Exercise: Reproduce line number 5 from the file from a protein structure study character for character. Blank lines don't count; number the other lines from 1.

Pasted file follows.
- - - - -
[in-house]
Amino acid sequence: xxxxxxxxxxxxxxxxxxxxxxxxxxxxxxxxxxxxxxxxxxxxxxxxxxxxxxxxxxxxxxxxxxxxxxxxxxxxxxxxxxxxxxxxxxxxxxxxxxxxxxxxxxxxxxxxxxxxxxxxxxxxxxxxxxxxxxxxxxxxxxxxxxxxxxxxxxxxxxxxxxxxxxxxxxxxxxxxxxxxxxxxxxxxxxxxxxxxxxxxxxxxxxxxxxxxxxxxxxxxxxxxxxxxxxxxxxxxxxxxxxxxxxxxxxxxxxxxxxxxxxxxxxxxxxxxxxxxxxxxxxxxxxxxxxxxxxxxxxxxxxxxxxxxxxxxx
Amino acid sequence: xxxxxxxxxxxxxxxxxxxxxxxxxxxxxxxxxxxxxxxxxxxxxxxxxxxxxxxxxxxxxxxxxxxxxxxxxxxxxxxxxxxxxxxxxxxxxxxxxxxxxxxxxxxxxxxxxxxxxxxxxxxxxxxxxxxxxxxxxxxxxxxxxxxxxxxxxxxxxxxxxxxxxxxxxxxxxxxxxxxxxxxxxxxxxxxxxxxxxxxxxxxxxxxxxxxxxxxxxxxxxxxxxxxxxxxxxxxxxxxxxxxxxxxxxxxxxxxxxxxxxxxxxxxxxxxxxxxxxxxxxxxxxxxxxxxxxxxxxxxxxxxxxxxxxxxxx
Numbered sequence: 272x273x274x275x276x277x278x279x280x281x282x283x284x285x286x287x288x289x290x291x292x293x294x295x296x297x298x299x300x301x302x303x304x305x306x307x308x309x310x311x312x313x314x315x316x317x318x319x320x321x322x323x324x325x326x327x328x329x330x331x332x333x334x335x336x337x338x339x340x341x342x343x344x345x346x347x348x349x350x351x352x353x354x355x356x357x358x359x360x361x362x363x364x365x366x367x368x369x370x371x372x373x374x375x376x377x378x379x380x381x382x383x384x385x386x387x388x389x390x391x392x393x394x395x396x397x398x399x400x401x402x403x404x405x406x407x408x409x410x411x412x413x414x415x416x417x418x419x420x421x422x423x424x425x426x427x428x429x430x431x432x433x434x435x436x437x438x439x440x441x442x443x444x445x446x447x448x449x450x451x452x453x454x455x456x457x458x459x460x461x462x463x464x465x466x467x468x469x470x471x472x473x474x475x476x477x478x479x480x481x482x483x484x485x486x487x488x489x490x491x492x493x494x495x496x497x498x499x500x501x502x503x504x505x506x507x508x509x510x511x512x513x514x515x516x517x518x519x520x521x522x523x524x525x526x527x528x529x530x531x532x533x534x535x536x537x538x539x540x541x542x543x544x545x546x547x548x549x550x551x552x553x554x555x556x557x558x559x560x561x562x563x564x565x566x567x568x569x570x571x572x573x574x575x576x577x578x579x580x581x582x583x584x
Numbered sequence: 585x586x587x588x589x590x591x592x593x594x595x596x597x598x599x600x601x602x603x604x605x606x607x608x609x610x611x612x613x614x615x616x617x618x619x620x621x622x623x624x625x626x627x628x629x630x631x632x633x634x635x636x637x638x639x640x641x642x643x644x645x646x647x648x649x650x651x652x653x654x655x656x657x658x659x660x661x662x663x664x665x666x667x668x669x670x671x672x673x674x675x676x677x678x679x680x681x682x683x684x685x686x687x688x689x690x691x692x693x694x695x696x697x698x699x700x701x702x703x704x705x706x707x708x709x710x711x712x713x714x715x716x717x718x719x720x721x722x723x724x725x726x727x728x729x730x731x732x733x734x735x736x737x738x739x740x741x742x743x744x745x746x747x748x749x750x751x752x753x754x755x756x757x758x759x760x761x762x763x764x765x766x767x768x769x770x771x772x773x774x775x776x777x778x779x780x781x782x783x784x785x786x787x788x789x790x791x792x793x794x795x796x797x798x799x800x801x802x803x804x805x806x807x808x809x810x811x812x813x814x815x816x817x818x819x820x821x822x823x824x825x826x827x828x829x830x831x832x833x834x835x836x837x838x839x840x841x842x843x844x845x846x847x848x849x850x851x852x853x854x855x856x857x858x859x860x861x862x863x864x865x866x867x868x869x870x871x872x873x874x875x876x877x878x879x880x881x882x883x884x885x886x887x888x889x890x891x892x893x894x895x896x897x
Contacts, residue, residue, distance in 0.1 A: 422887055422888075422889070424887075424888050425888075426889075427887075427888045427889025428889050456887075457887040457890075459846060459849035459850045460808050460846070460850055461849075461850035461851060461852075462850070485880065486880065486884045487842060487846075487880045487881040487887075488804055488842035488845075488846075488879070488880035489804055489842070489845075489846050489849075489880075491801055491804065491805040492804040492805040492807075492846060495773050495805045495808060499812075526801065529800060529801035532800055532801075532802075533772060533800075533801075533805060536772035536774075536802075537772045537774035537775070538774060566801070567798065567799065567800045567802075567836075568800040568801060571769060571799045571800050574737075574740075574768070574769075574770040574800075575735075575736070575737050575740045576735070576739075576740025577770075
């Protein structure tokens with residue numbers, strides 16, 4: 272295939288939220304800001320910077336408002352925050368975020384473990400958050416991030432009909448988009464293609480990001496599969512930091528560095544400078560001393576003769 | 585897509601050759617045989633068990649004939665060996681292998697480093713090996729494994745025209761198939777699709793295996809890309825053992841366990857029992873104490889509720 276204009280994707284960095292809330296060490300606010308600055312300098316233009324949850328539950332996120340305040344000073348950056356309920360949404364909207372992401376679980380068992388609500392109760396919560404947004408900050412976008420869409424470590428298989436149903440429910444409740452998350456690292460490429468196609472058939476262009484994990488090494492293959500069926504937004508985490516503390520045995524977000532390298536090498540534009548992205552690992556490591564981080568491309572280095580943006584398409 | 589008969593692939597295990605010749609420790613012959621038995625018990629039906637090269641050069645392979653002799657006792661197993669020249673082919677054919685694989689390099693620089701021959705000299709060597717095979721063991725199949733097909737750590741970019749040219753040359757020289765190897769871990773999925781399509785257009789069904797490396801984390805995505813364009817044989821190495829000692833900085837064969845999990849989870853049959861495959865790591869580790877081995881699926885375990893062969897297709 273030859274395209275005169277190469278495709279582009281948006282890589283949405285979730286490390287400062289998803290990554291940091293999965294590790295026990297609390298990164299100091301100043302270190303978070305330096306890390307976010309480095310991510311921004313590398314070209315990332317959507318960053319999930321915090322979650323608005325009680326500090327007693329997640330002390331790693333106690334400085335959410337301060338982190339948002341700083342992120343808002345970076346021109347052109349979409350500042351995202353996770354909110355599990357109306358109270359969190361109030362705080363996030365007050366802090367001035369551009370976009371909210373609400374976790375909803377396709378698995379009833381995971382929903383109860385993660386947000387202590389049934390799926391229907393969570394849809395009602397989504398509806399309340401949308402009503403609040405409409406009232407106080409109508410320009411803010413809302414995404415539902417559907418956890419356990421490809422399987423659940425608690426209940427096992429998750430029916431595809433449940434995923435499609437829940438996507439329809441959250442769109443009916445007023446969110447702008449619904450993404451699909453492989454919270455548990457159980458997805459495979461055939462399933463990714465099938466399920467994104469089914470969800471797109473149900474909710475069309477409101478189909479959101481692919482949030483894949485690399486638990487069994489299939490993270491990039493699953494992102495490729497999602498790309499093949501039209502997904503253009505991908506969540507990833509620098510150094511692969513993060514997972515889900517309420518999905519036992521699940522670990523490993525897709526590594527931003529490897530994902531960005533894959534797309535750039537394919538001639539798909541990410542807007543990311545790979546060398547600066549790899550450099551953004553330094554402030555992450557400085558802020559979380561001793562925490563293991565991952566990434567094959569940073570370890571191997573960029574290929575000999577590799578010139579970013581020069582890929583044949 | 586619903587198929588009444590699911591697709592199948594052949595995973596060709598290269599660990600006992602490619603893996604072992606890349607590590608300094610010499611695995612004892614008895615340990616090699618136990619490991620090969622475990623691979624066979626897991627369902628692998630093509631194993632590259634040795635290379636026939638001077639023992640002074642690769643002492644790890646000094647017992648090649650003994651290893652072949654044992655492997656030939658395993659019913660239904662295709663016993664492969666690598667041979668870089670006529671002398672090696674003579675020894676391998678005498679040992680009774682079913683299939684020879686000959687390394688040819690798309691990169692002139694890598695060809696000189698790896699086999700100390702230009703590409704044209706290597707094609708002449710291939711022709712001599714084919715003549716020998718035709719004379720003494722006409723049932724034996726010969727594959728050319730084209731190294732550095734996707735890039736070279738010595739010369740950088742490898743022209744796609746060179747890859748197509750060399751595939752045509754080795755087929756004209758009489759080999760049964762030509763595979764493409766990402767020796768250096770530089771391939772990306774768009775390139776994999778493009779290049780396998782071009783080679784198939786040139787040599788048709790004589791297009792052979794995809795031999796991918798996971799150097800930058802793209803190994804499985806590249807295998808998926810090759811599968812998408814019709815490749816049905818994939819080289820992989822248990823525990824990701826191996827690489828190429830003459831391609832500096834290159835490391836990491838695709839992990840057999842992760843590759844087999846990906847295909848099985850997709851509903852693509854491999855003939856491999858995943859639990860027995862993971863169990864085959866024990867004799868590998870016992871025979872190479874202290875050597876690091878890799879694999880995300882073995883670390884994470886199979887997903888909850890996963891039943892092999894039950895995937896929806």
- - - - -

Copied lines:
Numbered sequence: 585x586x587x588x589x590x591x592x593x594x595x596x597x598x599x600x601x602x603x604x605x606x607x608x609x610x611x612x613x614x615x616x617x618x619x620x621x622x623x624x625x626x627x628x629x630x631x632x633x634x635x636x637x638x639x640x641x642x643x644x645x646x647x648x649x650x651x652x653x654x655x656x657x658x659x660x661x662x663x664x665x666x667x668x669x670x671x672x673x674x675x676x677x678x679x680x681x682x683x684x685x686x687x688x689x690x691x692x693x694x695x696x697x698x699x700x701x702x703x704x705x706x707x708x709x710x711x712x713x714x715x716x717x718x719x720x721x722x723x724x725x726x727x728x729x730x731x732x733x734x735x736x737x738x739x740x741x742x743x744x745x746x747x748x749x750x751x752x753x754x755x756x757x758x759x760x761x762x763x764x765x766x767x768x769x770x771x772x773x774x775x776x777x778x779x780x781x782x783x784x785x786x787x788x789x790x791x792x793x794x795x796x797x798x799x800x801x802x803x804x805x806x807x808x809x810x811x812x813x814x815x816x817x818x819x820x821x822x823x824x825x826x827x828x829x830x831x832x833x834x835x836x837x838x839x840x841x842x843x844x845x846x847x848x849x850x851x852x853x854x855x856x857x858x859x860x861x862x863x864x865x866x867x868x869x870x871x872x873x874x875x876x877x878x879x880x881x882x883x884x885x886x887x888x889x890x891x892x893x894x895x896x897x